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Whey Protein Found To Lower Blood Pressure

Whey protein is essential in the exercise world today because of its ability to be digested very rapidly. This allows the protein to become available for muscle building very quickly. Now, a new study has found that beverages formulated with whey proteins may offer a dietary approach to reducing blood pressure in people at risk of hypertension.

Young adults in the early stages of developing high blood pressure (hypertension) experienced significant decreases in both systolic and diastolic blood pressures following six weeks of drinking a whey-rich beverage every day, according to findings published in the International Dairy Journal.

Editor's note: For those interested in purchasing whey protein, please not that hydrolyzed protein and whey protein concentrate have been found to contain MSG. Research your product line thoroughly before purchasing.

Effects were observed whether the subjects consumed hydrolyzed or non-hydrolyzed whey beverages, leading the researchers to propose that the benefits were due to a factor other than the presence of antihypertensive peptides was produced during hydrolysis.

“The majority of the subjects enjoyed the taste and convenience of the functional whey protein beverages. Taste and convenience are both important to ensure compliance during a dietary intervention,” wrote researchers from Washington State University.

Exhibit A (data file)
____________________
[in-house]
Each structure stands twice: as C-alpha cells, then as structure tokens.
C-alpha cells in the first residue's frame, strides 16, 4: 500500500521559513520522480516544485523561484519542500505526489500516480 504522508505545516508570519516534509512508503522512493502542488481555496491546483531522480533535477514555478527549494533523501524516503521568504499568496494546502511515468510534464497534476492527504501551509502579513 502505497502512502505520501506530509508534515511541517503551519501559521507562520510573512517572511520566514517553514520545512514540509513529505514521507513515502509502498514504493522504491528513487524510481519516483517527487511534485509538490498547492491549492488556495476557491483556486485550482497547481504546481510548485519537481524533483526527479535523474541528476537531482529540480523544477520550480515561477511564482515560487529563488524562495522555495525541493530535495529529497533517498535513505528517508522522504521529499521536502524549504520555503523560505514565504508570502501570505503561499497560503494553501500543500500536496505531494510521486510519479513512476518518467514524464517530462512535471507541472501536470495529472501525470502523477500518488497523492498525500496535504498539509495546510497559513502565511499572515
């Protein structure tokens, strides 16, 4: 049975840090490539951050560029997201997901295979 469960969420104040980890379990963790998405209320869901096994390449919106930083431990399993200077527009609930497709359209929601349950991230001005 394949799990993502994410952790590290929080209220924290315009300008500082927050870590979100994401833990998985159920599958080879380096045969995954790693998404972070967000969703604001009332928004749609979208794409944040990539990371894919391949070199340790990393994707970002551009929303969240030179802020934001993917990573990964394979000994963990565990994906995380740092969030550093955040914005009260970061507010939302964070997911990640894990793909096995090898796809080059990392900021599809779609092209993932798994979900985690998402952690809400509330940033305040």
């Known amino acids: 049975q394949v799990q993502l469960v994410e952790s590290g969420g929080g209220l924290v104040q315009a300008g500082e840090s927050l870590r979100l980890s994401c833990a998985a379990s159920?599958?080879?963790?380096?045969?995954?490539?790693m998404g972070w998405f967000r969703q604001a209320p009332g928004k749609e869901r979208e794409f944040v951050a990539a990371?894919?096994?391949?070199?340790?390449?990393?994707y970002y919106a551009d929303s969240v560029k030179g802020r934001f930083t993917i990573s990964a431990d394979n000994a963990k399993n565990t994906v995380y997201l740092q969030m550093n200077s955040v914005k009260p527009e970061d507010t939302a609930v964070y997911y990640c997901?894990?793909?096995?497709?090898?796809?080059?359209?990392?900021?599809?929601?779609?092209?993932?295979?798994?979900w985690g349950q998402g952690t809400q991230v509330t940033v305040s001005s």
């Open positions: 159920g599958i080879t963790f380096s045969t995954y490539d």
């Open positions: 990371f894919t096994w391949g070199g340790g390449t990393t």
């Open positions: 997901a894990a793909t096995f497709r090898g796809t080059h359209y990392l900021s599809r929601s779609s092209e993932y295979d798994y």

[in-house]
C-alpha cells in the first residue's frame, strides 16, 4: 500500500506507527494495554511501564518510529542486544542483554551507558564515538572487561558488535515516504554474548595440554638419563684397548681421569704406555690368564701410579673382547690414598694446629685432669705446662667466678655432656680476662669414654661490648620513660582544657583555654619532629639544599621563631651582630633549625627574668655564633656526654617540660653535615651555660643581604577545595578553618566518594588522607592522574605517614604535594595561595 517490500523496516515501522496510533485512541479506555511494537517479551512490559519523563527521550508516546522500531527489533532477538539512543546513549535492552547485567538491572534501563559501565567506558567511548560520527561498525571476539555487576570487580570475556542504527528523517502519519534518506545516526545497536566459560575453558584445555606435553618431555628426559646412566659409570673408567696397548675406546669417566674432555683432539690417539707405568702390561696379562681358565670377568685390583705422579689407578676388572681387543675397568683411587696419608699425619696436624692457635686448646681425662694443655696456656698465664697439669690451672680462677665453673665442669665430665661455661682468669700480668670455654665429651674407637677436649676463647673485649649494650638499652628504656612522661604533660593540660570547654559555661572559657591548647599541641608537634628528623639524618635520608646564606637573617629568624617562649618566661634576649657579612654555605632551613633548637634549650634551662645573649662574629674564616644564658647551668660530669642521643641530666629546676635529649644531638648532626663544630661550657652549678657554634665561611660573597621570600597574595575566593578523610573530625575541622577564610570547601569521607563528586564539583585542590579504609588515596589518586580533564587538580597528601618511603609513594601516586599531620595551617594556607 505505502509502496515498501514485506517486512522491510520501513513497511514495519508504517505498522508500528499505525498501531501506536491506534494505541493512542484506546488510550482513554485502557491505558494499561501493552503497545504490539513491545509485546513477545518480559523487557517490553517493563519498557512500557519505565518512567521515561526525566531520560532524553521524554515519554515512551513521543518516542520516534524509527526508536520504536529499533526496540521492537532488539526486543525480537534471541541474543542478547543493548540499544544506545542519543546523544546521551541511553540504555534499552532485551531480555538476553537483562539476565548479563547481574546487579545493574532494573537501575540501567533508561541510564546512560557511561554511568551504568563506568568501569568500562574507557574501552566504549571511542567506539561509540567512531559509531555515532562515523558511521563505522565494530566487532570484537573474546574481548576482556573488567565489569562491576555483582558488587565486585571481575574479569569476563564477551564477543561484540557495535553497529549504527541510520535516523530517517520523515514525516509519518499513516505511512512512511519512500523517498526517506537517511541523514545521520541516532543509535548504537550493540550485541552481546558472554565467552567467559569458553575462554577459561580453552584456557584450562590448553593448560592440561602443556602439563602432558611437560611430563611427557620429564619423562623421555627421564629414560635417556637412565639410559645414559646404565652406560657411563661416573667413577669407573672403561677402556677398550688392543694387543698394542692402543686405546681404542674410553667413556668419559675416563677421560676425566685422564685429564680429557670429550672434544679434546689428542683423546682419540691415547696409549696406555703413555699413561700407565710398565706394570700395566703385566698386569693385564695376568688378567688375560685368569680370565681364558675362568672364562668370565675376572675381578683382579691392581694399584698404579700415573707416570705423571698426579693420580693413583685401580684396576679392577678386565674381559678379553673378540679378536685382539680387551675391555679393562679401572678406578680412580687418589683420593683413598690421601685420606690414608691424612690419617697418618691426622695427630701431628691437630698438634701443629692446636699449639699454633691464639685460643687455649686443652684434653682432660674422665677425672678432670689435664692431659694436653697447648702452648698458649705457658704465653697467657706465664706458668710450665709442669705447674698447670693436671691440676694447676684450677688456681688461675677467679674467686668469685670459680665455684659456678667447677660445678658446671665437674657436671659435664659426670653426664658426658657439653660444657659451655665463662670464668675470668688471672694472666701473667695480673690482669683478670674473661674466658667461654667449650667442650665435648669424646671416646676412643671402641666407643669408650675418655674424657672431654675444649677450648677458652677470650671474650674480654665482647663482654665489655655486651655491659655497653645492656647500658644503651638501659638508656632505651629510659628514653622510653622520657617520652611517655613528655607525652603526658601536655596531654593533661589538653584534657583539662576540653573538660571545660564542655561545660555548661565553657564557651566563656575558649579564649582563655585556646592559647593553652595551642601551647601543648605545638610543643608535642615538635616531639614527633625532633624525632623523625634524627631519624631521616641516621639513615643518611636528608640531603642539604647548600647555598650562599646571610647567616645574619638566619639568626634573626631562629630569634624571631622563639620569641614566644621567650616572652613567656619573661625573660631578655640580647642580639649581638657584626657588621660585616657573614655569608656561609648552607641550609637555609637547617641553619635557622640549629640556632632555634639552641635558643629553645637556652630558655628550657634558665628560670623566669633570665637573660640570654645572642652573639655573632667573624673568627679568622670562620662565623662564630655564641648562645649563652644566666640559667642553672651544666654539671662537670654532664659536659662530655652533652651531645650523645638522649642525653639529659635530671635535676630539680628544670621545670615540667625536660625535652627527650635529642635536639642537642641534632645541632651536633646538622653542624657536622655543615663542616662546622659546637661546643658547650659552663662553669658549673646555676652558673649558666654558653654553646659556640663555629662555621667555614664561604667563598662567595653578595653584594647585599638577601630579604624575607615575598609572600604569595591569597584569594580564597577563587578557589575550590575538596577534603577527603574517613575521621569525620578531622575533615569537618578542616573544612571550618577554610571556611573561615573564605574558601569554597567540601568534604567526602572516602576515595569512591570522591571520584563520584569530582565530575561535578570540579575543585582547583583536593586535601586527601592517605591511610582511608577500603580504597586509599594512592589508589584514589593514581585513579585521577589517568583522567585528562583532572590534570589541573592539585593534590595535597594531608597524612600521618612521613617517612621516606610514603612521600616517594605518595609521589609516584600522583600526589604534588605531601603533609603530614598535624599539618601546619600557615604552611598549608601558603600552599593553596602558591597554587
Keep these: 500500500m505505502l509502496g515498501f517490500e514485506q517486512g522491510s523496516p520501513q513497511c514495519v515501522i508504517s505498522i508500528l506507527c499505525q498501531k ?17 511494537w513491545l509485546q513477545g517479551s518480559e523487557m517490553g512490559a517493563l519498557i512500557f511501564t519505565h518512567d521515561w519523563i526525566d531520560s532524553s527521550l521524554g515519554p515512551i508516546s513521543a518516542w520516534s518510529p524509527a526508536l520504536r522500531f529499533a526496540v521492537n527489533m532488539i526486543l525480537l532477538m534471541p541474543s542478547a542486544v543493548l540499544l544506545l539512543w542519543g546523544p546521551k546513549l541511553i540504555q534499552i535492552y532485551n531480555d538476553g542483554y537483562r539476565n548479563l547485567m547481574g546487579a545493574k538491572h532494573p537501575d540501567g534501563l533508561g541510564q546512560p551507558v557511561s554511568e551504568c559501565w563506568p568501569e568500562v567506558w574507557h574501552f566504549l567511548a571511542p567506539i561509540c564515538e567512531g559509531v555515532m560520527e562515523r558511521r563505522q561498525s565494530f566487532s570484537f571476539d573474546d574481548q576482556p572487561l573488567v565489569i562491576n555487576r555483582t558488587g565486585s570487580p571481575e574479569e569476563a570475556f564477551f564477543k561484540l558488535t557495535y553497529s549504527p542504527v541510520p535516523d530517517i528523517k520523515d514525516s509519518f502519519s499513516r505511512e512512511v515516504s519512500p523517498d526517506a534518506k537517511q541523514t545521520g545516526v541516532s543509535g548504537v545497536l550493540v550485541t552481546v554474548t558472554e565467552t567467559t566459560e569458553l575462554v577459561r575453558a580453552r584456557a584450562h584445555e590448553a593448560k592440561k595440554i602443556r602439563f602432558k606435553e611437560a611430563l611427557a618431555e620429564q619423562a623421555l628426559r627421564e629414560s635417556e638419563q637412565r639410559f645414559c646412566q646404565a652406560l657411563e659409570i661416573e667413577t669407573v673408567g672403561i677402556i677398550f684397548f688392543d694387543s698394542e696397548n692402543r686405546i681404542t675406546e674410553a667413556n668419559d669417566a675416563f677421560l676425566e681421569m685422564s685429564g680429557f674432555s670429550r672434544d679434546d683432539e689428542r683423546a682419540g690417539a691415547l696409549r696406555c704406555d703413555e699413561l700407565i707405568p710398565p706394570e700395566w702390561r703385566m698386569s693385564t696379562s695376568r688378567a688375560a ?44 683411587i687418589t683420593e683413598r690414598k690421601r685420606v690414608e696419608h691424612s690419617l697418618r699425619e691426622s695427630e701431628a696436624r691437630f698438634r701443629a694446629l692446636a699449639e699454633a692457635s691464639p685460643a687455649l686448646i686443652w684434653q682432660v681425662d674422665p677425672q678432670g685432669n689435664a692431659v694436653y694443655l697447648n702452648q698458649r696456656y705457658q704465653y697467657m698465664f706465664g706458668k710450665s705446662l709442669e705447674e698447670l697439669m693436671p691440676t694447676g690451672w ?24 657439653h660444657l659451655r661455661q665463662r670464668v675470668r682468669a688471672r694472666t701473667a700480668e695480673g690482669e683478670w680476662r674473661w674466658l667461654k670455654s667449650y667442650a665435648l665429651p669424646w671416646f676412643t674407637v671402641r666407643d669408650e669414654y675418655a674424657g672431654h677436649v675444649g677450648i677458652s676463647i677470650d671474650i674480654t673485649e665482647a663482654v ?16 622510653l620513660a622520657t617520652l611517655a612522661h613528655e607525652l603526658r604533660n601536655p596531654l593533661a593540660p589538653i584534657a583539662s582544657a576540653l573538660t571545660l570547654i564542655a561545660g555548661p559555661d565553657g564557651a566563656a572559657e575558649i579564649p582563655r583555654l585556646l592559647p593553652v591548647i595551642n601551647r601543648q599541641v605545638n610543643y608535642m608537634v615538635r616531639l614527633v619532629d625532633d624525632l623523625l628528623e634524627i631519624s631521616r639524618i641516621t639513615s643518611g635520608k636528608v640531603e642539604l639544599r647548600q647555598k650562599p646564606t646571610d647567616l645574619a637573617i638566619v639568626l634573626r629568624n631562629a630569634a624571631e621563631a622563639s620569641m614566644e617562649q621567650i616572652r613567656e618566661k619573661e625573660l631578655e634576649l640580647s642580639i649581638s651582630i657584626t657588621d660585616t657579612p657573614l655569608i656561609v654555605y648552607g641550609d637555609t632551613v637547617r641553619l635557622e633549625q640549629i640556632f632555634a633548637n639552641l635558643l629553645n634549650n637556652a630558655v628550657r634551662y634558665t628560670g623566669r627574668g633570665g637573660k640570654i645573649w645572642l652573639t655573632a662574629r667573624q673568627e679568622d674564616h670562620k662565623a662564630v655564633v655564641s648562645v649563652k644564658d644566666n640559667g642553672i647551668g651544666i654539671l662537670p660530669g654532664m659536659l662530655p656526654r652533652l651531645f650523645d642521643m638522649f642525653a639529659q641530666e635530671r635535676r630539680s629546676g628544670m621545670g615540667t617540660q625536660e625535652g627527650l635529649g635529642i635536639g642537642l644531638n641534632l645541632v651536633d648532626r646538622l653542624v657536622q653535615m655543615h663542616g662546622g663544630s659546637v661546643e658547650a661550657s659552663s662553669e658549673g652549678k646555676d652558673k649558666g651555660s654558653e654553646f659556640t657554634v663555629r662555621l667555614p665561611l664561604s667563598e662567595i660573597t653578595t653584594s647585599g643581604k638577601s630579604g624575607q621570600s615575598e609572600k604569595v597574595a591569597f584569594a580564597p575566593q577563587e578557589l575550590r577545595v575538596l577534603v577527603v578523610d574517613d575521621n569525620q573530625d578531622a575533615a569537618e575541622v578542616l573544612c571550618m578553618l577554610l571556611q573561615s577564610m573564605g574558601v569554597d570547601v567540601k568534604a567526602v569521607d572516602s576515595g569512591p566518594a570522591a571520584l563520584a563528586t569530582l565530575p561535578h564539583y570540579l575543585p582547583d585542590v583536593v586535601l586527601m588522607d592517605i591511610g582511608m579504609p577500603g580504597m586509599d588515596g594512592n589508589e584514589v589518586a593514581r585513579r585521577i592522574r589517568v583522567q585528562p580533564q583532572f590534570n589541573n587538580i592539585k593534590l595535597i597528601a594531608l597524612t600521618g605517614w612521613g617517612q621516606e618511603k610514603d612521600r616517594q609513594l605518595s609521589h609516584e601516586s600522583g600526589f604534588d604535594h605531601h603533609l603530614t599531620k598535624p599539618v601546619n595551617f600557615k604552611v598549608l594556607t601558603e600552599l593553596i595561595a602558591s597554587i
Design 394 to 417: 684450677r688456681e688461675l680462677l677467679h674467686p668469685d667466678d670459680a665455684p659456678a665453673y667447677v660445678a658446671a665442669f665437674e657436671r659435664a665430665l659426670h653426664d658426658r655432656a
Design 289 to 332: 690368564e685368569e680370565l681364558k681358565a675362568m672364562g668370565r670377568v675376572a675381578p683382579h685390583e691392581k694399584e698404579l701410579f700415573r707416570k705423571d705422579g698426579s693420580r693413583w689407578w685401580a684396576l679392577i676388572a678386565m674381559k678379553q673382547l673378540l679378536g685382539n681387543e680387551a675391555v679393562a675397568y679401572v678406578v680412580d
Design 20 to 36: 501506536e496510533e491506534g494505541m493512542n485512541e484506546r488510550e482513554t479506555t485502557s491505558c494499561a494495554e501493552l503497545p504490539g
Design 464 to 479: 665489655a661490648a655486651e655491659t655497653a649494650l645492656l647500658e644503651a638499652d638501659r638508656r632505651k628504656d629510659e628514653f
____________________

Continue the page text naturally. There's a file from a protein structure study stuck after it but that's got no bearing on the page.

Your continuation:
“Whey protein beverages may be a valuable dietary intervention in the treatment of hypertension,” they added.

High blood pressure (hypertension),defined as having a systolic and diastolic blood pressure (BP) greater than 140 and 90 mmHg, is a major risk factor for cardiovascular disease (CVD) - a disease that causes almost 50 per cent of deaths in Europe, and reported to cost the EU economy an estimated €169bn ($202bn) per year.

Study details

Led by Susan Fluegel, the WSU researchers recruited 71 young men and women with an average age of 20 and an average BMI of 24.6 kg/m2 and randomly assigned them to receive either a beverage containing 28 grams of whey protein concentrate 80 (WPC80 TemPro, Leprino Foods) or a beverage containing 28 grams of hydrolyzed WPC80.

After six weeks of intervention, the researchers noted no overall differences in systolic blood pressure (SBP), diastolic blood pressure (DBP), or mean arterial pressure (MAP) between the groups.

However, when Fluegel and her co-workers looked at sub-groups, they noted significant decreases of 8.0, 8.6, and 6.4 mm Hg for SBP, DBP, and MAP, respectively, in young adults with elevated DBP and SBP. The apparent benefits were observed following ingestion of either beverage. On the other hand, people with normal blood pressure levels at the start of the study had no changes in their BP measurements, they added.

“We found that whey protein beverages lowered BP only in individuals with previously high BP, but not in those with normal blood pressure,” wrote the researchers. “These findings suggest that whey protein beverages had a normalizing effect on elevated BP and did not cause hypotension. This is important since hypotension can be a health concern in certain population groups, such as young women and the elderly.”

Commenting on the potential mechanism, the WSU researchers noted that the effects may be related to whey’s influence on nitric oxide production – a chemical species with a known role in blood pressure regulation. Indeed, a randomised, double-blind study showed that Glanbia Nutritionals’ proprietary peptide NOP-47 improved blood vessel function in healthy individuals, with the effects occurring via nitric oxide dependent and independent mechanisms.

Source: International Dairy Journal

Reference Sources 184
September 8, 2010


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